If Mold Can Eat Wood, What Will It Do To Your Lungs?
“Mold is a serious issue. If you leave it untreated, it continues to grow. It leads to respiratory illness and it rots the wood, leaving the property valueless.” (Ian Schlake of Respond and Rebuild)
Hurricane Sandy has created significant mold problems for residents of New York and New Jersey. In addition to property damage caused by mold, it is also having a significant health impact causing respiratory illnesses. The video below highlights the issues faced by many residents dealing with mold and appeared recently on the Doctors TV Show.
Experts have estimated that mold may be present in up to 25% of homes, and 40% of American schools. The growing prevalence of house mold and mold in schools may lead to an increase in respiratory disease and other rare illnesses. In 2010, Fisk et al published a meta-analysis showing a substantially significant association between residential dampness and mold with respiratory infections and bronchitis:
“Dampness and mold in buildings are associated with moderate but statistically significant increases in respiratory infections and bronchitis. If these associations were causal, reducing dampness and mold in buildings would reduce the occurrence of respiratory infections, the most common human infections. The results of these meta-analyses provide support for recommendations by the Institute of Medicine and WHO to prevent building dampness and mold problems in buildings, and to take corrective actions where such problems occur.”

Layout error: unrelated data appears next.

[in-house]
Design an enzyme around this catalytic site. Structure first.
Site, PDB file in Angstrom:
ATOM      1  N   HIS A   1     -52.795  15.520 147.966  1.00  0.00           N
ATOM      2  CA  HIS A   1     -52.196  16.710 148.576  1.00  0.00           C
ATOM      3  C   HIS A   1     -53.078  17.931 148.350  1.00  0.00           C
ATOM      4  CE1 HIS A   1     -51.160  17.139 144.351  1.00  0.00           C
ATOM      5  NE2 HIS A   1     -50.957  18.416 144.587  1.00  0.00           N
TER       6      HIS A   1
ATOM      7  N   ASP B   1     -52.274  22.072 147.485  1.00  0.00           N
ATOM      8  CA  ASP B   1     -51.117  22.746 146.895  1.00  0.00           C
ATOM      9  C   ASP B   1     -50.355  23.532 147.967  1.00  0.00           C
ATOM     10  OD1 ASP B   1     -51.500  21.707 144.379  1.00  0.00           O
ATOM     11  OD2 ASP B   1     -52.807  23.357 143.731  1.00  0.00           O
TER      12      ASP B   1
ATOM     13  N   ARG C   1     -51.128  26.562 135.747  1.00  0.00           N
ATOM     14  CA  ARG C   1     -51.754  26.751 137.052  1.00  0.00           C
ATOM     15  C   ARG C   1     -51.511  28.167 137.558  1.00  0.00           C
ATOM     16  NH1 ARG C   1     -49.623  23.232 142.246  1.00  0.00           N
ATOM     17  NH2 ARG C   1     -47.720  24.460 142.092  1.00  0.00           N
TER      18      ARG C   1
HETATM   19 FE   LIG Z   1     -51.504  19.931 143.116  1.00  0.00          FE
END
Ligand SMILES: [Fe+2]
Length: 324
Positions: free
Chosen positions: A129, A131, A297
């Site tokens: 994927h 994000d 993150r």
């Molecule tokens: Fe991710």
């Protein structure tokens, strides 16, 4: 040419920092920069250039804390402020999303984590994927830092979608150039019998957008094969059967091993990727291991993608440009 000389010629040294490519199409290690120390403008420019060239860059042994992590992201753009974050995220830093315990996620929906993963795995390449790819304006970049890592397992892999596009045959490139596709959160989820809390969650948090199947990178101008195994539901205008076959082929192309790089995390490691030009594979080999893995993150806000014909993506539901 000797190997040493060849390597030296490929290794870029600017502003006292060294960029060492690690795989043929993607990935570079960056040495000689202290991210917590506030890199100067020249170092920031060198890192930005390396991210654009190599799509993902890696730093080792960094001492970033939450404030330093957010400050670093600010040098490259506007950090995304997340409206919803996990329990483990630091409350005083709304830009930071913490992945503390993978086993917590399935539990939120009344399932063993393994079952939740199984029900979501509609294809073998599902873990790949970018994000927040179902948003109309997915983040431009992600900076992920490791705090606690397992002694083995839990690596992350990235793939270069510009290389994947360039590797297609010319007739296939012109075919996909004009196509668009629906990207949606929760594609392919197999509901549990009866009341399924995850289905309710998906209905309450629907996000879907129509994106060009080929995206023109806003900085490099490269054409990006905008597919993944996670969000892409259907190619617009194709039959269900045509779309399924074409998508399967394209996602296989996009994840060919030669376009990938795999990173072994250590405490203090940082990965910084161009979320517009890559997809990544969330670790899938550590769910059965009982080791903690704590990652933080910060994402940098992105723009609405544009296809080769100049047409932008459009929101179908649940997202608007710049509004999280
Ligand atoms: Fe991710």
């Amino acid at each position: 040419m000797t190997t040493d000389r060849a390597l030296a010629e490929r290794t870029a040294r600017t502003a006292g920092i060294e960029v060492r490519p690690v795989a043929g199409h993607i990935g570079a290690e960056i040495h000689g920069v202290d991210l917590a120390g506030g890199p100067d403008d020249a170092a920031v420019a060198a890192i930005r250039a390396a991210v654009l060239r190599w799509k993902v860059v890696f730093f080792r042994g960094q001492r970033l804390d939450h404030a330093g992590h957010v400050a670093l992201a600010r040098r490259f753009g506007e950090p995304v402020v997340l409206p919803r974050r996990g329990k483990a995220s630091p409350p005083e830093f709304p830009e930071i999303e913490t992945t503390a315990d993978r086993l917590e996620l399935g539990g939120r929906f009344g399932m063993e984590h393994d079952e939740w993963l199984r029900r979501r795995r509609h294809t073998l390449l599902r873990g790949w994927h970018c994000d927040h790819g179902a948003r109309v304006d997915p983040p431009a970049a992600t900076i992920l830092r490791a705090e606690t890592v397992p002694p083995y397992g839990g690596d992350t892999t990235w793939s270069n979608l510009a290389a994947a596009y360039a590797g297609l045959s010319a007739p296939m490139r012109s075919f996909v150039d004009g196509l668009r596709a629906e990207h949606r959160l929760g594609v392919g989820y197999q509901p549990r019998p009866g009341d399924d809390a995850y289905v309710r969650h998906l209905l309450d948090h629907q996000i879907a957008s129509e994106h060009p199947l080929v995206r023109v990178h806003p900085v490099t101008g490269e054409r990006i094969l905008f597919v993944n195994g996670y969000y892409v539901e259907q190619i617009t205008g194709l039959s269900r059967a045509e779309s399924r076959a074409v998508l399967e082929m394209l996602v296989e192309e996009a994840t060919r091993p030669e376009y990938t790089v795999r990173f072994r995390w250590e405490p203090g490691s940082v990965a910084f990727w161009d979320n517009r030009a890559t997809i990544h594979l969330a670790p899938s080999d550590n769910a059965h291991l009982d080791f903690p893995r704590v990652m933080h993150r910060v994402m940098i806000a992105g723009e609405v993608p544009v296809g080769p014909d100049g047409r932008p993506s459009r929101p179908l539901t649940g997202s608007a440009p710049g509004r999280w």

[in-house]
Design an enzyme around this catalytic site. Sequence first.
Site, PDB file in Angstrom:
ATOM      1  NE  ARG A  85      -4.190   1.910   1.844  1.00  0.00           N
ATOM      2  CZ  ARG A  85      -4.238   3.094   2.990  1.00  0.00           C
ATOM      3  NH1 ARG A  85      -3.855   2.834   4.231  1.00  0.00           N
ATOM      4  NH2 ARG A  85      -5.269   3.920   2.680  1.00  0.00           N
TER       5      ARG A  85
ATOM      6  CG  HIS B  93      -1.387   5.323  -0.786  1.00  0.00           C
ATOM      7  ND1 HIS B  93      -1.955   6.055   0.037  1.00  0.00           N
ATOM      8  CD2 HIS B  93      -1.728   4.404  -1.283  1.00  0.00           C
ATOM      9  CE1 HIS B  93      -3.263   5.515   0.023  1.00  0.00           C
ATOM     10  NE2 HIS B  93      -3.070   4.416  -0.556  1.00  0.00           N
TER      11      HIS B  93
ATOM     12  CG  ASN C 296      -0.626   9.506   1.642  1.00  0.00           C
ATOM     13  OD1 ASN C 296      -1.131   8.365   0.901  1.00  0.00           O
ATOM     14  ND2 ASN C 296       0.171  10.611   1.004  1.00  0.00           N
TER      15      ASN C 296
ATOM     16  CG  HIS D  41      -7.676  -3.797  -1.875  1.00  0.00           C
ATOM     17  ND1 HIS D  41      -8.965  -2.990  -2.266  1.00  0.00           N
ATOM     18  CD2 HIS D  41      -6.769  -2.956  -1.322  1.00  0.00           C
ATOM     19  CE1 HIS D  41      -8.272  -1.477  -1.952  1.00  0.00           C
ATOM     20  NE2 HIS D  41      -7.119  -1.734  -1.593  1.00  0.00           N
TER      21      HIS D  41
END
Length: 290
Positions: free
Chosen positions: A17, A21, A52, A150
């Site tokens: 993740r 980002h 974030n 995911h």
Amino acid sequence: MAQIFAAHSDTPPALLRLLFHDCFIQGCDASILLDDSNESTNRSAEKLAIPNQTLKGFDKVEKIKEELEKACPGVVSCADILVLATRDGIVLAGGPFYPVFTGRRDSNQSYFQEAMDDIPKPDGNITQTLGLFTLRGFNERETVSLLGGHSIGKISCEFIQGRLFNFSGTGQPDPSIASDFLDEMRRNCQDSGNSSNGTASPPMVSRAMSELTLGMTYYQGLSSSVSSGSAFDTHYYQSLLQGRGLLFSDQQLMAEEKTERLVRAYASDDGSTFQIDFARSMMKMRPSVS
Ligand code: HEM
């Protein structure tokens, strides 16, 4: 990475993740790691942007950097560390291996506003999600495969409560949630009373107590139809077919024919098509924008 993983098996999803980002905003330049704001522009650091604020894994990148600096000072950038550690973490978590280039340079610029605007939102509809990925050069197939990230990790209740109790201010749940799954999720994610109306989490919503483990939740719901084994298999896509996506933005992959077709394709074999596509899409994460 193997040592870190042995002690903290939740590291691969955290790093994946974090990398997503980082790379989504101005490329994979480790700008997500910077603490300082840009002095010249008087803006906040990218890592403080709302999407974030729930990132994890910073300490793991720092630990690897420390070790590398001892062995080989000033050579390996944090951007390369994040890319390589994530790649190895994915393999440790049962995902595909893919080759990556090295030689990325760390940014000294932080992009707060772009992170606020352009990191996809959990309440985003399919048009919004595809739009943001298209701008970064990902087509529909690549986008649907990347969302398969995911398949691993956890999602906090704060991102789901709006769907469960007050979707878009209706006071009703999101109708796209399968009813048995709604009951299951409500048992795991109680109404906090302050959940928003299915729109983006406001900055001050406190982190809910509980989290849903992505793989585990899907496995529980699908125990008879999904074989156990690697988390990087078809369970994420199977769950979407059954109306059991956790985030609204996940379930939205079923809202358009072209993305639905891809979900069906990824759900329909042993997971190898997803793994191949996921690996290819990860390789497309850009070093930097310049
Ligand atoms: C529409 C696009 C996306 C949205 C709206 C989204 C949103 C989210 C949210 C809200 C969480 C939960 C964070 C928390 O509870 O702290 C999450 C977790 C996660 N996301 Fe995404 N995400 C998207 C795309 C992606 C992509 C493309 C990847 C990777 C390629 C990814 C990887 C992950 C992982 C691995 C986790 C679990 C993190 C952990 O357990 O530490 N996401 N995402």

Mold is a growing concern. If you have a mold problem, it is essential that you address the problem sooner than later to preserve the value of your property, and most importantly prevent respiratory illnesses and health problems.
Here’s a short video about the mold problem in the Rockaways, one of the worst hit areas by Hurricane Sandy. The video was produced by Respond and Rebuild, a volunteer mold remediation service trying to help folks in the area.
— Got #Mold?™ (@gotmoldglobal) January 22, 2013